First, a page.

Mediterranean Monday: The Art of Bus-Riding

IMG_0029If my cup of coffee in the morning doesn’t completely wake me up, then the bus rides sure will! Riding the public busses in Tel Aviv is an art form, its not for the faint-of-heart.

You might be thinking, “how difficult is it to ride a bus, come on!?!”

And let me reply, “it’s not difficult, but you need to have gumption and be ready for battle.

First of all, let me start at the beginning. Bus-Riding in Israel 101.

  1. While waiting for the bus, remember that lines in Israel do not actually exist.  Everyone will sorta mule around, and when the bus pulls up you must push your way into the huddle.  If you stand back, unassertively, you will be last, and being last as you will see is not a good thing.
  2. In the midst of pushing yourself onto the bus, make sure you have some sort of bus pass.  Giving the driver change will just prolong your process and make everyone else annoyed with you.
  3. Once you are in, look for ANY available seat.  Being able to sit is a rare treat!
  4. If there is no seat you are now one of the many sardines in the tin”.  Trust me its not fun, but there are some important guidelines for the sardine life:
  5. Make sure you have a firm grasp of either a pole or a seat.  I prefer not to use the hangy things from the ceiling, cuz they just are not stable at all.
  6. When standing, make sure you have an evenly-balanced position. Legs shoulder-length apart, never together.  You MUST be prepared for the MANY abrupt stops the driver WILL make during the trip. Learning how to shift your weight from your right to left leg, according to stops and take-offs are ESSENTIAL!  This will prevent many akward spills into other people.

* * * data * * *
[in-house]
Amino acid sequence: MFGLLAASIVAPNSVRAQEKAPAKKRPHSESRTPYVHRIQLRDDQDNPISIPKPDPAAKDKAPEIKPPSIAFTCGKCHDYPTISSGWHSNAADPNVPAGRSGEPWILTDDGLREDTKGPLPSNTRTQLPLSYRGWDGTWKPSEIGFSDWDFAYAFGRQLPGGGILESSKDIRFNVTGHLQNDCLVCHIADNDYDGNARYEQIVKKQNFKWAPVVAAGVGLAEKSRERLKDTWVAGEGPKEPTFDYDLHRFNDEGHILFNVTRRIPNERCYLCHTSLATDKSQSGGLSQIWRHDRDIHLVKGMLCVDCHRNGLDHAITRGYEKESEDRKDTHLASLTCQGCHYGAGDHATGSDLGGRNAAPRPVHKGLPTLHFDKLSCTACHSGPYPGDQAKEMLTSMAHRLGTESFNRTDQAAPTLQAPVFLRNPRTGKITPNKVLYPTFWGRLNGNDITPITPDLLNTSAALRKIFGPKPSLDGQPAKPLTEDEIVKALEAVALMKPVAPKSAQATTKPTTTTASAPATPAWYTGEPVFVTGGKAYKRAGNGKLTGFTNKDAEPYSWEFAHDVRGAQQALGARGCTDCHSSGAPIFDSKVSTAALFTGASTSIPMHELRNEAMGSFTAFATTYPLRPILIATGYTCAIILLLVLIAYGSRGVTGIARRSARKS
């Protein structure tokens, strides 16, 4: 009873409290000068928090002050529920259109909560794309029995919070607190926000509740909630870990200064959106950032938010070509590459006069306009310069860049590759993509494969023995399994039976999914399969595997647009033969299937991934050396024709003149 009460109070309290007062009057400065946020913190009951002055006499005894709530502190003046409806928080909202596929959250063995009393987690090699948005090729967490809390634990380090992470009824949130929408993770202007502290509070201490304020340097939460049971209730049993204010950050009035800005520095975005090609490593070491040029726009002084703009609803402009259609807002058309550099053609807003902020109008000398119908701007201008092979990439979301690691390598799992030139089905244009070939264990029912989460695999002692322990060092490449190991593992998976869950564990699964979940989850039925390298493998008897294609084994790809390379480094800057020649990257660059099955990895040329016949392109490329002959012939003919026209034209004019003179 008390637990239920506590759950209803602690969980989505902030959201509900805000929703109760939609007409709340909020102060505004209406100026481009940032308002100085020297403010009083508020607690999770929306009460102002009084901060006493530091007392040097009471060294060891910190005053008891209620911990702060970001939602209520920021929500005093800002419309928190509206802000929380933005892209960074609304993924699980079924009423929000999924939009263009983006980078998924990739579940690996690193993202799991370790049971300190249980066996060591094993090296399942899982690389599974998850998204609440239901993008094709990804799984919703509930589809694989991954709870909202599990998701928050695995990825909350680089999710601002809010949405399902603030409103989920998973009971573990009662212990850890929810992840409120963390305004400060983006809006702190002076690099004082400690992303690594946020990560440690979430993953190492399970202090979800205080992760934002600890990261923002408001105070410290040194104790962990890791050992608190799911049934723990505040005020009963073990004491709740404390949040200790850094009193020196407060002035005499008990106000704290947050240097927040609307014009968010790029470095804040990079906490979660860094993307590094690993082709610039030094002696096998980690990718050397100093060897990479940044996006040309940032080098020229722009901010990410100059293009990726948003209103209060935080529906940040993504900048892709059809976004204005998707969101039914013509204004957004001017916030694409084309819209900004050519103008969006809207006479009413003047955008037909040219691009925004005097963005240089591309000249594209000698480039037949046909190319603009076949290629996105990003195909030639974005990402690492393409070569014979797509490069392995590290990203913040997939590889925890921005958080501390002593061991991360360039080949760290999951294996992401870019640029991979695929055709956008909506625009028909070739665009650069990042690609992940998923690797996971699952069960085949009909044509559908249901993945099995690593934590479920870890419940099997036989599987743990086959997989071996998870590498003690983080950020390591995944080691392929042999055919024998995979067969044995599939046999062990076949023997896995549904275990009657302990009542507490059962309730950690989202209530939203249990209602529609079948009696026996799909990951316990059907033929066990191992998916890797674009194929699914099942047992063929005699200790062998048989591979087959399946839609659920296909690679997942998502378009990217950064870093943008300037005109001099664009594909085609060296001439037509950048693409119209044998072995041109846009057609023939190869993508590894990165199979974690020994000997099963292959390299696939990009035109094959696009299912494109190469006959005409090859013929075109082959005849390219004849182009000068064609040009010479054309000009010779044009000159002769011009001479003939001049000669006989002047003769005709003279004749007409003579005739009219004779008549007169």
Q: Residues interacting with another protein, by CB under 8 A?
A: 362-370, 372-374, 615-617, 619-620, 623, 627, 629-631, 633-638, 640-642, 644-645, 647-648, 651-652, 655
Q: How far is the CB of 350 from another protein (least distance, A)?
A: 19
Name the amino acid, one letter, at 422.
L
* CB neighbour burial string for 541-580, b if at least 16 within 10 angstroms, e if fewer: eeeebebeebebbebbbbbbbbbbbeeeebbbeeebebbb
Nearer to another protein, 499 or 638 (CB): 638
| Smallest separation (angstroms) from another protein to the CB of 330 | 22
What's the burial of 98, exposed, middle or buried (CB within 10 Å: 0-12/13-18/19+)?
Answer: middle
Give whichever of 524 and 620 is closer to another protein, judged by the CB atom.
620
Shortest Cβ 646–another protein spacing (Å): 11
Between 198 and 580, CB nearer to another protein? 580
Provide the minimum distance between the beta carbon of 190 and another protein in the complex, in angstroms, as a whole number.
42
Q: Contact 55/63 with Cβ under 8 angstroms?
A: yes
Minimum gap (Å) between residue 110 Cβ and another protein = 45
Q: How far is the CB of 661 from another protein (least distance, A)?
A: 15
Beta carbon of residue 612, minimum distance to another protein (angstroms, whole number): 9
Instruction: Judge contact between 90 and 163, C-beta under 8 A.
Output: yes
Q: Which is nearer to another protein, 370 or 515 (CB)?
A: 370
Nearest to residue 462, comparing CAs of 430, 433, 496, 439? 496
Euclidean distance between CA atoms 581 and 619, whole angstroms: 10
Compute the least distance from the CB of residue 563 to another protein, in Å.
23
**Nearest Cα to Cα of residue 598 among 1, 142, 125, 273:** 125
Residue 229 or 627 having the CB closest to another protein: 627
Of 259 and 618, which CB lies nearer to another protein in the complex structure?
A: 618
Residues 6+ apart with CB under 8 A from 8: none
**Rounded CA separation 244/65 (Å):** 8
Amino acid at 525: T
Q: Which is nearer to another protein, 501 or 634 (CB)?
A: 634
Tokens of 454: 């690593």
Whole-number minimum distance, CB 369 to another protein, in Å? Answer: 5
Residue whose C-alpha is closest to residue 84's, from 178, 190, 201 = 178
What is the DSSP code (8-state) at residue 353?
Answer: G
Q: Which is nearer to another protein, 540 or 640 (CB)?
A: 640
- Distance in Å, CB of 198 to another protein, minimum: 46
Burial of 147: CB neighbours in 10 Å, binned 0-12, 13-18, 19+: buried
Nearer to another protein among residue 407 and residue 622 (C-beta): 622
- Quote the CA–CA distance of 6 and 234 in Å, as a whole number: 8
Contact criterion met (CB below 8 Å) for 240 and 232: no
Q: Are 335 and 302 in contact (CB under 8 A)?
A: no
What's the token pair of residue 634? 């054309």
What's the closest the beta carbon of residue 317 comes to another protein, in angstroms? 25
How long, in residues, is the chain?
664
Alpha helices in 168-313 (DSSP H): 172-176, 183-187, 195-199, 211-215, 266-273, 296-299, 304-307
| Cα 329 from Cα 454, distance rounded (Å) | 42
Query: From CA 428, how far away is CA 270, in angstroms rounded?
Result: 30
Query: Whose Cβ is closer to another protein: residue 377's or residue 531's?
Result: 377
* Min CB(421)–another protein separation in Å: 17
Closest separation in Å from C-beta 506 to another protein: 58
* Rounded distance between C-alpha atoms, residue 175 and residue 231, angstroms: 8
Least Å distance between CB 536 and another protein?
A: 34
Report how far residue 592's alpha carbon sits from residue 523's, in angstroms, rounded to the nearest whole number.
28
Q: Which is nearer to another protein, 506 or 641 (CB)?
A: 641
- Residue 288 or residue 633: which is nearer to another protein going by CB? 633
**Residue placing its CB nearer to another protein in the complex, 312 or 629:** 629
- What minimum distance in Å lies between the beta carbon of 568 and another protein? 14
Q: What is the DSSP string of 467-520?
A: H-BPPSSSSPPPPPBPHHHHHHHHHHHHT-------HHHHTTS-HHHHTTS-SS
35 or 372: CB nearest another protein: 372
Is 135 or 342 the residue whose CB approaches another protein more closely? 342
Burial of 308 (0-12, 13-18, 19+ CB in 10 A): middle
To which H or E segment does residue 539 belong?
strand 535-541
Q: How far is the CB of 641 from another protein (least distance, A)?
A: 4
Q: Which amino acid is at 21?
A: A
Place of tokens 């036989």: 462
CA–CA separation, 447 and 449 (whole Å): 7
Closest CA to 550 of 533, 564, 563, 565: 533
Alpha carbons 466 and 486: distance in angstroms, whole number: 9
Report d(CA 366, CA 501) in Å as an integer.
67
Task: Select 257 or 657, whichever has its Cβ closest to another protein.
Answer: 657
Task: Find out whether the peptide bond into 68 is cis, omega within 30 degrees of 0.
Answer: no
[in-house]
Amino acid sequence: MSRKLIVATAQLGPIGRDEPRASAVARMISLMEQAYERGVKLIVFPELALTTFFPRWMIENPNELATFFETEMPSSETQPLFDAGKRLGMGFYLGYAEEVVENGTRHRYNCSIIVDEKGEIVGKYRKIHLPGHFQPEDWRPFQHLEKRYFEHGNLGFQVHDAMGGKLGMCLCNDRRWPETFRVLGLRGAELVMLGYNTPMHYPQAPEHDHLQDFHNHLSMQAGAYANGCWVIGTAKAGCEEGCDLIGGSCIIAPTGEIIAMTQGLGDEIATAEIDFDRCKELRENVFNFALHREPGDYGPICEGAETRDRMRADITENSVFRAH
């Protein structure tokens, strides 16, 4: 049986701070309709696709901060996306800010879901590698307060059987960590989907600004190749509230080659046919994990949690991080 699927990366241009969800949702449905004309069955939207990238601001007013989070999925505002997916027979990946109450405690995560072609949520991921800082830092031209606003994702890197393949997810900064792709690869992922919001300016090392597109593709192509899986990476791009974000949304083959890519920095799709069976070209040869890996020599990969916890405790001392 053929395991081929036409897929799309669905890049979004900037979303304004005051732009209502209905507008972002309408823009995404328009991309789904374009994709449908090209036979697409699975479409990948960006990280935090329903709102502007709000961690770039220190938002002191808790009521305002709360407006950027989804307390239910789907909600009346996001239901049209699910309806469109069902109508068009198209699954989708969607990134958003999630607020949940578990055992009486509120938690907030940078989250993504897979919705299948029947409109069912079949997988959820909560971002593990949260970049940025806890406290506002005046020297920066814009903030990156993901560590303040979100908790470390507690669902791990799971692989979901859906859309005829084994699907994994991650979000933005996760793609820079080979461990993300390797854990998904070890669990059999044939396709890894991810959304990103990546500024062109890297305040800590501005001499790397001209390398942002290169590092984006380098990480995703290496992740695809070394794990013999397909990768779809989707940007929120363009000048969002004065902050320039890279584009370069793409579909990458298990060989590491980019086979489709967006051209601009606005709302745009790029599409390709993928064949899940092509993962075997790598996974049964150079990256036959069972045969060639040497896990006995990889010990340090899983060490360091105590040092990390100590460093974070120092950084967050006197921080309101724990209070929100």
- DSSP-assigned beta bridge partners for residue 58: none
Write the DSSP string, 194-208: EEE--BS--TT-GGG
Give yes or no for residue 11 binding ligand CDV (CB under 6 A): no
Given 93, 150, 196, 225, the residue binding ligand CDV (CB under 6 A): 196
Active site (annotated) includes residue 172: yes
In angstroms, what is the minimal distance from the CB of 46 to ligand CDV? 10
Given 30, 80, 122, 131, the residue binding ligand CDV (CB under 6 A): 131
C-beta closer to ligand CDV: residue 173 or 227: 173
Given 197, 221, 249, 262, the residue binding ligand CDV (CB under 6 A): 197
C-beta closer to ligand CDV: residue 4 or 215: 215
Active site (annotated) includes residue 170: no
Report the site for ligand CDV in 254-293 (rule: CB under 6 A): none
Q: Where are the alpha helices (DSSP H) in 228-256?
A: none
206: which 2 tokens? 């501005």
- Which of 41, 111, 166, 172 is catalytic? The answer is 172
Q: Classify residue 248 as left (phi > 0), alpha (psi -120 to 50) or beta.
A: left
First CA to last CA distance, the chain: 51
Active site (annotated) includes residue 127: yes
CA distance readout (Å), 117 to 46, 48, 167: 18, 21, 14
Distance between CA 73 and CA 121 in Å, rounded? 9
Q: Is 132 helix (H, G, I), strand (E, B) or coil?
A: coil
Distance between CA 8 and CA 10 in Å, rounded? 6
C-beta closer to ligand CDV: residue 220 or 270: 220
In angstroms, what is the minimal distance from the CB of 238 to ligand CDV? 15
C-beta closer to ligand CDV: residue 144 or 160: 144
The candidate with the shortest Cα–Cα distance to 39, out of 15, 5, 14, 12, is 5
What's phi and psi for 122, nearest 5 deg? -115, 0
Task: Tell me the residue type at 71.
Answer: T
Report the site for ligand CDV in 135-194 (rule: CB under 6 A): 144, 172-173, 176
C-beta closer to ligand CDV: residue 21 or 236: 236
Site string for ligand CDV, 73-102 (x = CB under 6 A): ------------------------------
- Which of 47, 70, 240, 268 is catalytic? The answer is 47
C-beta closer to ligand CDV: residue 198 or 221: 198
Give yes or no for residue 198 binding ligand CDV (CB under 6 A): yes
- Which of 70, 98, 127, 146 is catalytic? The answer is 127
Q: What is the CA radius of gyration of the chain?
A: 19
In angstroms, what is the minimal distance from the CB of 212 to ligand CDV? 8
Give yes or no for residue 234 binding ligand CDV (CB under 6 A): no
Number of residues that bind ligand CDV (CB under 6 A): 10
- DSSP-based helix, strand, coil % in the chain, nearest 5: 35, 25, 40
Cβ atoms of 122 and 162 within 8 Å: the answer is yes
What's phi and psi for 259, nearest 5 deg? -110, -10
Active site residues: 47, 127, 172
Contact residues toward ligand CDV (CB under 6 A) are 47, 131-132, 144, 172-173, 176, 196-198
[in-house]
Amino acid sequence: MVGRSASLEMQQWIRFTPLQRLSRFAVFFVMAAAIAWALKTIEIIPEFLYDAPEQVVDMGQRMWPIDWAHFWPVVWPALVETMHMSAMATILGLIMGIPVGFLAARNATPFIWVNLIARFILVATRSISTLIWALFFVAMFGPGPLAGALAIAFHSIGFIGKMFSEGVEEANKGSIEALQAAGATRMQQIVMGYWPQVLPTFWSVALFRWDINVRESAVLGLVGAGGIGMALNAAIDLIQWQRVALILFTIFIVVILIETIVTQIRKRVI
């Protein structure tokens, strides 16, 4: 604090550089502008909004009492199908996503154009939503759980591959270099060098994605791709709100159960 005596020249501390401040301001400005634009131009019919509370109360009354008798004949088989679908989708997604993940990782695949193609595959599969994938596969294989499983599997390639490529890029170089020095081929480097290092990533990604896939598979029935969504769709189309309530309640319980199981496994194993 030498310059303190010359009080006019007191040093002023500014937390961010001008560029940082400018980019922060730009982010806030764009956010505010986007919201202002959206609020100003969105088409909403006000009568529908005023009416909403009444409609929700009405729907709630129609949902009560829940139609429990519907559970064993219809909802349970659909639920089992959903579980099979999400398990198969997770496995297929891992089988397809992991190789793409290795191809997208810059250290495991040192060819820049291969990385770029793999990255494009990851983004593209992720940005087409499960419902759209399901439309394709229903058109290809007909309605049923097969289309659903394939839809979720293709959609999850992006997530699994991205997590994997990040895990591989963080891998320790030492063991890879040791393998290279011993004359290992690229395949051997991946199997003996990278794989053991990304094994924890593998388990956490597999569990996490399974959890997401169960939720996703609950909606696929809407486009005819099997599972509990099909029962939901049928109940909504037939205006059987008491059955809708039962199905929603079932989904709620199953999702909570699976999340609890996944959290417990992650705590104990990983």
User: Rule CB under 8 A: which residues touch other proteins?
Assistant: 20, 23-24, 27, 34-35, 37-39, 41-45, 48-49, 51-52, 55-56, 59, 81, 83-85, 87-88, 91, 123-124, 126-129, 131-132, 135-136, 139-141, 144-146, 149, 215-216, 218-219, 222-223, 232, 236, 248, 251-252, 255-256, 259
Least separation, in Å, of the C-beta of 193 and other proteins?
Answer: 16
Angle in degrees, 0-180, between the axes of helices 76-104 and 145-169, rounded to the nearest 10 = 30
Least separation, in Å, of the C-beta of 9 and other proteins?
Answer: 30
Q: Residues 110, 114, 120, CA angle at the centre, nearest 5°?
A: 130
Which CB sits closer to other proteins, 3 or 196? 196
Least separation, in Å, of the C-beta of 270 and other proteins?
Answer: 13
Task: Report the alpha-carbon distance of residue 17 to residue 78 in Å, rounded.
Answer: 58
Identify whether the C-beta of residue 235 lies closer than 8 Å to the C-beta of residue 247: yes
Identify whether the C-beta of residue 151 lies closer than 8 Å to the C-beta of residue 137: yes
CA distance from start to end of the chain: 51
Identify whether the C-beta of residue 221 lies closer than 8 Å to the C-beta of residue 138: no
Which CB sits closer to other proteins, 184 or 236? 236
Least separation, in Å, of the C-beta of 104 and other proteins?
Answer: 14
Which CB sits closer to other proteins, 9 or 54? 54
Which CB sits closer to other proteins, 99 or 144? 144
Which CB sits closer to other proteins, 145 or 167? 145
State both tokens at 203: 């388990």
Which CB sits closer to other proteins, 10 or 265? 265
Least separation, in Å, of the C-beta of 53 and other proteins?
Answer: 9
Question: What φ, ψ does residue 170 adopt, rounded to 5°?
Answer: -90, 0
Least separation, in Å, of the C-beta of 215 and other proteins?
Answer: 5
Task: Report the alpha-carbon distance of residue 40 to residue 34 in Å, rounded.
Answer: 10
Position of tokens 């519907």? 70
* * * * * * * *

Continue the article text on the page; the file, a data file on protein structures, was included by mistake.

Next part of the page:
7. Make sure you know your stop.  If the bus is full, wading your way through the sardines to the exit of the bus may take a bit of time, so be prepared.
  8. And finally, when the bus stops you must be quick to get off.  The driver WILL shut the doors on you or before you have a chance to exit.  Make sure you know the word for driver in Hebrew (nag), and be ready to shout it out, in hopes he’ll give you a second chance an re-open the doors.

As you can see, its not for the weak-minded….

And now you know why I do not look forward to my 4 bus trips everyday.  But, while in Rome (aka, Tel Aviv)……

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About Maureen Hochdorf

Writer. Editor. High Techi. Non-Profit Founder. Traveler. Sports Lover. Star Wars Fanatic. Tel Aviver. Michigander.... View all posts by Maureen Hochdorf

15 responses to “Mediterranean Monday: The Art of Bus-Riding

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